Activists march in downtown San Antonio for fifth day of George Floyd protests

People protesting racial inequality, police killing of George Floyd in Minneapolis

SAPD Chief William McManus discusses the current curfew in place downtown

SAN ANTONIO – For the fifth consecutive day, protesters took to the streets of downtown San Antonio protesting racial inequality and the police killing of George Floyd in Minneapolis.

But Wednesday’s protests were much quieter than the night before when protests got out of hand when a group faced off with police officers near Alamo Plaza, resulting in eight arrests and two minor injuries to journalists.

"No trouble tonight, whatsoever,” San Antonio Police Chief William McManus said. “It was a very relaxed atmosphere.”

Hundreds march in downtown San Antonio on fifth day of protests

The marchers arrived downtown around 4 p.m. and made their way to the Bexar County Courthouse, Public Safety Headquarters and Travis Park.

Among those participating in Wednesday’s protest were San Antonio Spurs players Lonnie Walker and Bryn Forbes and former Spur Sean Elliott.

By the time nighttime fell, most of the protesters had left, except for a group that remained at Travis Park until at least 11 p.m. despite a city curfew that went into effect at 9 p.m.

In addition to chanting and marching, protesters say they are taking other actionable steps to ensure anti-racism policies are implemented, and police brutality is ended.

“I just don’t think there’s a better opportunity than now to get people registered to vote. Right before I came out here, I stopped by the office and took a test and became a deputy registrar. I’m now able to help people register to vote,” said Valerie Reiffert, who is helping to plan future protests.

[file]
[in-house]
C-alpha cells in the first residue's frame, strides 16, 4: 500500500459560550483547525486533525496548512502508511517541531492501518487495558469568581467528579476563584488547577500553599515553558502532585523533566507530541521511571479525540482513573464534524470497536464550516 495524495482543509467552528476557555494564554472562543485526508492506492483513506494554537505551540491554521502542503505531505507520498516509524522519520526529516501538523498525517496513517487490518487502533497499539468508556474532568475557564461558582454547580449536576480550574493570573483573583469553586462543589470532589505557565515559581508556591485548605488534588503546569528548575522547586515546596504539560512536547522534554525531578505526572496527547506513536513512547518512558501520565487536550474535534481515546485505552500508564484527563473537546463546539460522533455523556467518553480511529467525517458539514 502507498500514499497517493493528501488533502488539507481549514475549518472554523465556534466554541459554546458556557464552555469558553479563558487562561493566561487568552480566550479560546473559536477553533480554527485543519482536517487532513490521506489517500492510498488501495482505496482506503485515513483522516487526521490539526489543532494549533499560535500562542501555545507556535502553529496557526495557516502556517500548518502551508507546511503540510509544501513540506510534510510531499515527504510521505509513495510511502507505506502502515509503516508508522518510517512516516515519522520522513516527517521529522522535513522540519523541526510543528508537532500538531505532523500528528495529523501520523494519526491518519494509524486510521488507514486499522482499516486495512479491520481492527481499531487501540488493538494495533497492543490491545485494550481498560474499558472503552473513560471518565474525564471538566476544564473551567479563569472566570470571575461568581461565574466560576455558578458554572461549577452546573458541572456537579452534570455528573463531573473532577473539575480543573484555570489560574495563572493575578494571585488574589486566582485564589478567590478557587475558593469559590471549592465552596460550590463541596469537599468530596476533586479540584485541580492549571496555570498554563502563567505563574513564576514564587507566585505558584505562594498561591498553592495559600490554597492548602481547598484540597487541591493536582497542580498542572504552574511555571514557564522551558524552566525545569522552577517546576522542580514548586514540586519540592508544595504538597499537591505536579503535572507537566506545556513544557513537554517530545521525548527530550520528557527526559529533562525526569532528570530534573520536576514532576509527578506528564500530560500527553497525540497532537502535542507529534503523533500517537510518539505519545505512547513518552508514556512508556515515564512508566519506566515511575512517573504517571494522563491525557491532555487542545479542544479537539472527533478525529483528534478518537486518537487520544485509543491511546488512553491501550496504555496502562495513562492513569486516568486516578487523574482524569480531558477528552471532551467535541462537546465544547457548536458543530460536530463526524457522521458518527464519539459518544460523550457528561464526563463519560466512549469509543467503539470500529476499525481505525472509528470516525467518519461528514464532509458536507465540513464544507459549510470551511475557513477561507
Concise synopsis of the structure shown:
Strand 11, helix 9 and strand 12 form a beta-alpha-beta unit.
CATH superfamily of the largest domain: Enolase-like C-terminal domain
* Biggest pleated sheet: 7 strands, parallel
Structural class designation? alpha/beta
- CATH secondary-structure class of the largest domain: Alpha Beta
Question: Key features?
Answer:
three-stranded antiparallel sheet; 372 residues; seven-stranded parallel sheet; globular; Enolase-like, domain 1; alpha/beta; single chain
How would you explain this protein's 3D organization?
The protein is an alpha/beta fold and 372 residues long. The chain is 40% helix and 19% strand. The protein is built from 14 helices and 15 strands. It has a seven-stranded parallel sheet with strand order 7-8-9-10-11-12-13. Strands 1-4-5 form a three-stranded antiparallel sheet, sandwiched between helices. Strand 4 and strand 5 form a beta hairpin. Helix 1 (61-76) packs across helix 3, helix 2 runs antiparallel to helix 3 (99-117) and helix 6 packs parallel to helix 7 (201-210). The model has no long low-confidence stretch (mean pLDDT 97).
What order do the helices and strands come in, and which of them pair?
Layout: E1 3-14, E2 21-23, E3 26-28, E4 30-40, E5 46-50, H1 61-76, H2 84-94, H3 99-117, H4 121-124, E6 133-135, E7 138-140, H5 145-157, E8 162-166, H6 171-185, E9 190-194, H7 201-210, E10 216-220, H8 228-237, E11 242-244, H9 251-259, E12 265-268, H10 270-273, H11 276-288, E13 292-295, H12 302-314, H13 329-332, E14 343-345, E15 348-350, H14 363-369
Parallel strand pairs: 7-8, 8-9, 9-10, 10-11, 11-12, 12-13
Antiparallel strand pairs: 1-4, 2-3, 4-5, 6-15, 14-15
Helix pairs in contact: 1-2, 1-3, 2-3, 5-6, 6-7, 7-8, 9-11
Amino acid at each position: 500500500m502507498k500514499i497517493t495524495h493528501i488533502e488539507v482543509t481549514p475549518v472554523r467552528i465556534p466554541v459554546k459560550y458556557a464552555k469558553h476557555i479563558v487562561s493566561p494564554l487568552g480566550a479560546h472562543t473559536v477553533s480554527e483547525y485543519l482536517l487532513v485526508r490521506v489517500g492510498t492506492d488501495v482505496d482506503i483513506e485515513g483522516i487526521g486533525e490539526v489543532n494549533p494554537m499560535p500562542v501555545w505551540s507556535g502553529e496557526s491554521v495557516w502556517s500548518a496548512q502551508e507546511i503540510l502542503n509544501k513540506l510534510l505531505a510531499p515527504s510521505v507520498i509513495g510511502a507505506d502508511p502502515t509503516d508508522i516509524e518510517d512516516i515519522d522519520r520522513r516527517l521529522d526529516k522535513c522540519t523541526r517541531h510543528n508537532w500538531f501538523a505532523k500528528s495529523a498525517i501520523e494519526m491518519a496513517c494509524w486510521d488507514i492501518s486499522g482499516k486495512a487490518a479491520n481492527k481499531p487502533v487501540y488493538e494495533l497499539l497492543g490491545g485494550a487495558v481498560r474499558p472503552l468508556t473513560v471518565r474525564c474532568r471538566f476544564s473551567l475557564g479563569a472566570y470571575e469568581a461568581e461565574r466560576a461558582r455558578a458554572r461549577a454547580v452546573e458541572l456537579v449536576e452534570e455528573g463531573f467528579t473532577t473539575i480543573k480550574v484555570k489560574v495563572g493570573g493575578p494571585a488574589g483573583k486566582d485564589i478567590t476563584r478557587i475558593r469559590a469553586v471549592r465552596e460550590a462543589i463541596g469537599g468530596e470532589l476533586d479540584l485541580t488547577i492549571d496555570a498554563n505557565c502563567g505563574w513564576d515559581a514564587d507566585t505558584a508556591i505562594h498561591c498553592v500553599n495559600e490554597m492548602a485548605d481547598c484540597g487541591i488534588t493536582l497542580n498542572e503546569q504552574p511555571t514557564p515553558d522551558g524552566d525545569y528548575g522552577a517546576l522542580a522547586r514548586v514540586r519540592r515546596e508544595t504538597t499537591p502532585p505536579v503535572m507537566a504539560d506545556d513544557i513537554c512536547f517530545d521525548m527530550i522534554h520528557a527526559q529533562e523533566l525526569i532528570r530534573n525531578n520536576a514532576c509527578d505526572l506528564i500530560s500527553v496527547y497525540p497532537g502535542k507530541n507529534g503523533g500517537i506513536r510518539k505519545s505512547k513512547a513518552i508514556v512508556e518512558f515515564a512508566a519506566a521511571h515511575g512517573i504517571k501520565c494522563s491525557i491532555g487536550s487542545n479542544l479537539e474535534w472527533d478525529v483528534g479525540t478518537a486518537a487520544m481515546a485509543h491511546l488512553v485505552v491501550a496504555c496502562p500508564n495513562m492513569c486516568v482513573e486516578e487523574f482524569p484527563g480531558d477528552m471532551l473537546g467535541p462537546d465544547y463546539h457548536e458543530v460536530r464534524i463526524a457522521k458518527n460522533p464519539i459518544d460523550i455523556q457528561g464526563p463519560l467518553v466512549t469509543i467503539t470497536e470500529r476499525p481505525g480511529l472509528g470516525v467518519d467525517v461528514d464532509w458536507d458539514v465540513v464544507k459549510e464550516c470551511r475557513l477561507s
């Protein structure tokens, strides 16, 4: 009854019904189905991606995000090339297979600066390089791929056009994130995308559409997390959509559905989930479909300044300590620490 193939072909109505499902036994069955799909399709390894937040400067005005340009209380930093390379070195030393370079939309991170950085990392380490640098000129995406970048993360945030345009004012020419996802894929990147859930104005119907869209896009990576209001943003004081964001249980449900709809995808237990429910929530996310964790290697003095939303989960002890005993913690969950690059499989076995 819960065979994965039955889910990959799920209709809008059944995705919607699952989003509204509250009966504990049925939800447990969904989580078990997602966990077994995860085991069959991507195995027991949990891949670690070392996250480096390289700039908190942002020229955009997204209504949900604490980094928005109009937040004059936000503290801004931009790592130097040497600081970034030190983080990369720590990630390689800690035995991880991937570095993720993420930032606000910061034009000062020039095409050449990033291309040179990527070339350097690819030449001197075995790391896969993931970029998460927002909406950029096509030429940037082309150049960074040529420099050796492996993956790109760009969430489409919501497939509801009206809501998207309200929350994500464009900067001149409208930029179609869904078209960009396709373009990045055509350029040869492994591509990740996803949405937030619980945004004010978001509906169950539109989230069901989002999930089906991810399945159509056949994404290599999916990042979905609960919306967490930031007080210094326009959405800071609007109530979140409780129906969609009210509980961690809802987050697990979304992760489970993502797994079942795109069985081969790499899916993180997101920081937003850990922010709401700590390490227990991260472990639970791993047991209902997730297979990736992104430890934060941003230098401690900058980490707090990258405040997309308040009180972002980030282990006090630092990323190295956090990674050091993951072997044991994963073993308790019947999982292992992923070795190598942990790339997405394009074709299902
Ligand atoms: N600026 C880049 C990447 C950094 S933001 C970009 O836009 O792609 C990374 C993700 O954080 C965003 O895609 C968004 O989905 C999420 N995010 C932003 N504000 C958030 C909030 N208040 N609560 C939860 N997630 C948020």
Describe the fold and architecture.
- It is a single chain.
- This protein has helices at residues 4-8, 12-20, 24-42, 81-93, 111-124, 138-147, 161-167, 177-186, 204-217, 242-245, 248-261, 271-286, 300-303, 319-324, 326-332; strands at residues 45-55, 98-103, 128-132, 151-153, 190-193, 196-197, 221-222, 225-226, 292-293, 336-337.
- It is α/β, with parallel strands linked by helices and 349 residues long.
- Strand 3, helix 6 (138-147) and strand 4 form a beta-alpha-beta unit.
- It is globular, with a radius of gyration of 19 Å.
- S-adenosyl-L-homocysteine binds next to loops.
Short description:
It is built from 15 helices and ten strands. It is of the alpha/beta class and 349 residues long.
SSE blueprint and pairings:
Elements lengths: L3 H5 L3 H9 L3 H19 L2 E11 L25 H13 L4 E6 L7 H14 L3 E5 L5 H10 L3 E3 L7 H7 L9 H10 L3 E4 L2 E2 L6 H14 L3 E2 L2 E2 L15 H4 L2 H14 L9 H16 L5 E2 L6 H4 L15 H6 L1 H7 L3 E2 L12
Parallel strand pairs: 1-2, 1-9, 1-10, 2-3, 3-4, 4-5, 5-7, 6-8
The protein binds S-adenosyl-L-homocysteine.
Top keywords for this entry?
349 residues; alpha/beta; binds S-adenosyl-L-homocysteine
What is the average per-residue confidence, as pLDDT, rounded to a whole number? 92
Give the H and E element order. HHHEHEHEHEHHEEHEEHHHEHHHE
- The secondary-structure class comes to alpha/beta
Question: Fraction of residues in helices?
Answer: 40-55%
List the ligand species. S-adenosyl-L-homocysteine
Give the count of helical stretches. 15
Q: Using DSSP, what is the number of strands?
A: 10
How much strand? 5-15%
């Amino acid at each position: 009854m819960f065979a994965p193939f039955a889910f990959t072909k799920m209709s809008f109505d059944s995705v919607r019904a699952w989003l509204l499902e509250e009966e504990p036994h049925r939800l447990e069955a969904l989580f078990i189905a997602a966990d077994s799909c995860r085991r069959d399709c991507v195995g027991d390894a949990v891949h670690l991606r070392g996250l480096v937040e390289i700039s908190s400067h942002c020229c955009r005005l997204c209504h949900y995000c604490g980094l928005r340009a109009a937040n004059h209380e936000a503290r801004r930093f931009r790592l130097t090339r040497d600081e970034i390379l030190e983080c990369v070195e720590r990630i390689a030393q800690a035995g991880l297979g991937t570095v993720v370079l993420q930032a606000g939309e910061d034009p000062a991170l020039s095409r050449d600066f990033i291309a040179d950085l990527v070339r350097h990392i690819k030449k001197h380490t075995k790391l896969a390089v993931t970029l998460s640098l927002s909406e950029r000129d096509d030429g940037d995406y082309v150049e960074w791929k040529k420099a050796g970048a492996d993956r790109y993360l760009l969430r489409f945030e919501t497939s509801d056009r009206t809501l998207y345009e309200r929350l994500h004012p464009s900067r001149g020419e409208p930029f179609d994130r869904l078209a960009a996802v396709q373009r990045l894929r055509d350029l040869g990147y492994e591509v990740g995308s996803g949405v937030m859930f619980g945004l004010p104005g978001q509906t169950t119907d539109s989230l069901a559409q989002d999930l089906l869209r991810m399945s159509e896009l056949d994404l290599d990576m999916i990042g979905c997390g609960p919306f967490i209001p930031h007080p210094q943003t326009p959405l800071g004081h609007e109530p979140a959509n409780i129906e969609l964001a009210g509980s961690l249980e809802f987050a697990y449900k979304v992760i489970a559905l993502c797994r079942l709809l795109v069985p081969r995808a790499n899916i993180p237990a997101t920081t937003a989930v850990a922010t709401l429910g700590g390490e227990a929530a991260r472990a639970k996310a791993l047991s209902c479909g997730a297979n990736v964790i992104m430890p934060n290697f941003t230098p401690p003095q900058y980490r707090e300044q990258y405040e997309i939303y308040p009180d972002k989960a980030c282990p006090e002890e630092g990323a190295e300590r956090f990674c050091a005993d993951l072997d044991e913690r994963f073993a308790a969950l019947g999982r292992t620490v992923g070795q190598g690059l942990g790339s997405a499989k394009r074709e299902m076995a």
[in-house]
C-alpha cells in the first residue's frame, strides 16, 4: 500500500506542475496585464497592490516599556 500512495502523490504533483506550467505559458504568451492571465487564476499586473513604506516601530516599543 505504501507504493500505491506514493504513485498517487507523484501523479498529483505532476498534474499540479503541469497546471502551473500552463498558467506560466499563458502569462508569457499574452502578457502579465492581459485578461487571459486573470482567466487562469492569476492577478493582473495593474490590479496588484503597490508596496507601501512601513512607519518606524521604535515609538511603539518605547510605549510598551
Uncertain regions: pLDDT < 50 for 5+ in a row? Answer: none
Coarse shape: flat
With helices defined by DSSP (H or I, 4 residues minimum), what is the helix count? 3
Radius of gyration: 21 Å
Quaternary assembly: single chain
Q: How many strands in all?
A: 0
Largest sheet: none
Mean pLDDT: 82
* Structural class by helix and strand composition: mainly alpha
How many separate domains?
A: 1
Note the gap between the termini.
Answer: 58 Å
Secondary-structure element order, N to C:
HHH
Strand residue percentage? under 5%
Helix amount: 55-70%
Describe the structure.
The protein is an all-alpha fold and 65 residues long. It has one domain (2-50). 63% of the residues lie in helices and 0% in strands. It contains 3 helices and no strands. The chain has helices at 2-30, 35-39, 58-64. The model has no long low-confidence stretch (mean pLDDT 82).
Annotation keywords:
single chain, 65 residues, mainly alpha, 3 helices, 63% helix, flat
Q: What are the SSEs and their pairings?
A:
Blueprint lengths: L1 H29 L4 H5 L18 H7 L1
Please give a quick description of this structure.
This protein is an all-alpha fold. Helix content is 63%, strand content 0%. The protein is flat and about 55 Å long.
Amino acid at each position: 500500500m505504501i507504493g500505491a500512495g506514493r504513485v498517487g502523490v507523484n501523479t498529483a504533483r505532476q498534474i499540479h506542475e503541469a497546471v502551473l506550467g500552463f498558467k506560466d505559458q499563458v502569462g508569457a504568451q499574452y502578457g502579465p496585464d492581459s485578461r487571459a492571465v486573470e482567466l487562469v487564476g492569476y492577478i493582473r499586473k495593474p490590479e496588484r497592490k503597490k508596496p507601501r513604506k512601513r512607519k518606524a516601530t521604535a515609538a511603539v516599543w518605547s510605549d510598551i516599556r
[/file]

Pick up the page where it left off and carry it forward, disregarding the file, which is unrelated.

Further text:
Activists march in downtown San Antonio for fifth day of George Floyd protests

A group of police dressed in riot gear were at Alamo Plaza to prevent anyone from entering the grounds surrounding the shrine.

Earlier in the day, temporary fencing was placed at the tourist attraction, which has been closed off during nightly curfews. A four-foot tall chainlink fence was placed on top of water-filled plastic barriers and will skirt the western edge of the plaza along Alamo Street, from Commerce to Houston Streets, as well as its northern edge.

A few hours later, San Antonio Mayor Ron Nirenberg issued a temporary curfew for the downtown business district and Alamo Plaza that will last until June 7,

The curfew for the downtown business district is between 9 p.m. and 6 a.m. nightly. Alamo Plaza will close nightly between 7 p.m. and 6 a.m., according to the city.

Downtown businesses dealing with impacts from unrest, COVID-19

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About the Authors:

David Ibañez has been managing editor of since the website's launch in October 2000.

Jason Foster is an executive producer at KSAT. He's worked in the news industry in Texas for more than 15 years, including as a photojournalist, and been at KSAT since 2015.